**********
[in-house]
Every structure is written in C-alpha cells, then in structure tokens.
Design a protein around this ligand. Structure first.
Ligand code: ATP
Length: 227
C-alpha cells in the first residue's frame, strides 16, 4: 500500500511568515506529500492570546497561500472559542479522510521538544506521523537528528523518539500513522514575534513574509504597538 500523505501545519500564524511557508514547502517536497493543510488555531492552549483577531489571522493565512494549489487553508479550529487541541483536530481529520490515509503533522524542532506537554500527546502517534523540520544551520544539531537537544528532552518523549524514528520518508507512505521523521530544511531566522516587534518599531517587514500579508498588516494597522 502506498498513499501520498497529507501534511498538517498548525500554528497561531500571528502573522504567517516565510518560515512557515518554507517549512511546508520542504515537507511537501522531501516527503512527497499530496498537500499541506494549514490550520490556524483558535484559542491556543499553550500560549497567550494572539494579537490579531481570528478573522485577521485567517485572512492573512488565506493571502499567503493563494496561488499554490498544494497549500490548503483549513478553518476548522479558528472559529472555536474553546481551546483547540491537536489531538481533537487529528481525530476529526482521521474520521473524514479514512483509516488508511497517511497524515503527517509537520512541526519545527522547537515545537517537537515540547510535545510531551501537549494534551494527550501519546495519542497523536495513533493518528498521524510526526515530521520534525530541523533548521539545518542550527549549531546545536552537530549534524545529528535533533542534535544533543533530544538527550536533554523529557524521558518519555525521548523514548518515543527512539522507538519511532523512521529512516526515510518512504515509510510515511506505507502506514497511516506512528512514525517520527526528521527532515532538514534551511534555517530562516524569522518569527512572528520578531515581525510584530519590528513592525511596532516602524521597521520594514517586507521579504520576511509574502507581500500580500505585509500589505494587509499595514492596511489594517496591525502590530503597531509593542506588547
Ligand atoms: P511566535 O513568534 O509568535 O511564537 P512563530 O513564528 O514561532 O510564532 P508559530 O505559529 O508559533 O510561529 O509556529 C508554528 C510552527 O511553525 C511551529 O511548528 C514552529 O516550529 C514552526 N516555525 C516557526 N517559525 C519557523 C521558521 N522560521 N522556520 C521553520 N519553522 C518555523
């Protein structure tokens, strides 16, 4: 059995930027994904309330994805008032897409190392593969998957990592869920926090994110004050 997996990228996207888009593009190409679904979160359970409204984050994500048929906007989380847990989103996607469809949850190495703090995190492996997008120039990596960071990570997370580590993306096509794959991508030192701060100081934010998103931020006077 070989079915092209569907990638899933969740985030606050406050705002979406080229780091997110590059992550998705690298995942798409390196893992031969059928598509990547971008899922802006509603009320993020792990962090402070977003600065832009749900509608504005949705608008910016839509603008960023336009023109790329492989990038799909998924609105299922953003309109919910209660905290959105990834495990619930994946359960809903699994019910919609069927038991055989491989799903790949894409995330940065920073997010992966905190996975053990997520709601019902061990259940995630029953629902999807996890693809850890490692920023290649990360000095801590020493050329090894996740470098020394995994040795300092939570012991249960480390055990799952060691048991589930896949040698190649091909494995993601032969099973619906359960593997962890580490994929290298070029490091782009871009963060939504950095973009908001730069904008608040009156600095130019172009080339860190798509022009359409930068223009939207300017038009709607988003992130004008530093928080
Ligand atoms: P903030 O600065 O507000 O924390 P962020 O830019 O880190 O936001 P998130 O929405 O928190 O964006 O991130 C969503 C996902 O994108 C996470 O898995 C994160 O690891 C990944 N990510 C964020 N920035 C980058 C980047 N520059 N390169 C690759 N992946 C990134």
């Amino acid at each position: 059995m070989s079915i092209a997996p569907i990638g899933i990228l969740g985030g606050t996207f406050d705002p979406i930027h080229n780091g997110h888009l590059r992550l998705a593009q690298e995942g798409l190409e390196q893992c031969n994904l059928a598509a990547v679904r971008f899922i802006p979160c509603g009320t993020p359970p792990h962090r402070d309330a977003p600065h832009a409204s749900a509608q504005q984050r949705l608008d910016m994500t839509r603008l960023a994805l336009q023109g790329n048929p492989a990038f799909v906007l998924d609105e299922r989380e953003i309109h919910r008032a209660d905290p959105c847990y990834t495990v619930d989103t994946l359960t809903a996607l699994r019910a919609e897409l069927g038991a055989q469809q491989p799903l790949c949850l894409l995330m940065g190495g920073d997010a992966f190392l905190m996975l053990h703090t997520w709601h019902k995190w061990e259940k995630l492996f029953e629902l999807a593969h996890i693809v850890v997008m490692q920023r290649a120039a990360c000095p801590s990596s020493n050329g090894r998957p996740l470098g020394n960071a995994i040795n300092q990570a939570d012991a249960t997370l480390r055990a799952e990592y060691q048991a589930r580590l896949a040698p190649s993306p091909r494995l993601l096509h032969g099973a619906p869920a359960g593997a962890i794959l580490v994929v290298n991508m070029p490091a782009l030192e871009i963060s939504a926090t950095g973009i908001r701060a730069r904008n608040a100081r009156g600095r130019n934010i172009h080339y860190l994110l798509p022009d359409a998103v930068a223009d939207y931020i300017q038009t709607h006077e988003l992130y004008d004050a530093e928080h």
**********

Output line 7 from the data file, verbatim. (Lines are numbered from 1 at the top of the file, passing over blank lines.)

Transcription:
Ligand atoms: P511566535 O513568534 O509568535 O511564537 P512563530 O513564528 O514561532 O510564532 P508559530 O505559529 O508559533 O510561529 O509556529 C508554528 C510552527 O511553525 C511551529 O511548528 C514552529 O516550529 C514552526 N516555525 C516557526 N517559525 C519557523 C521558521 N522560521 N522556520 C521553520 N519553522 C518555523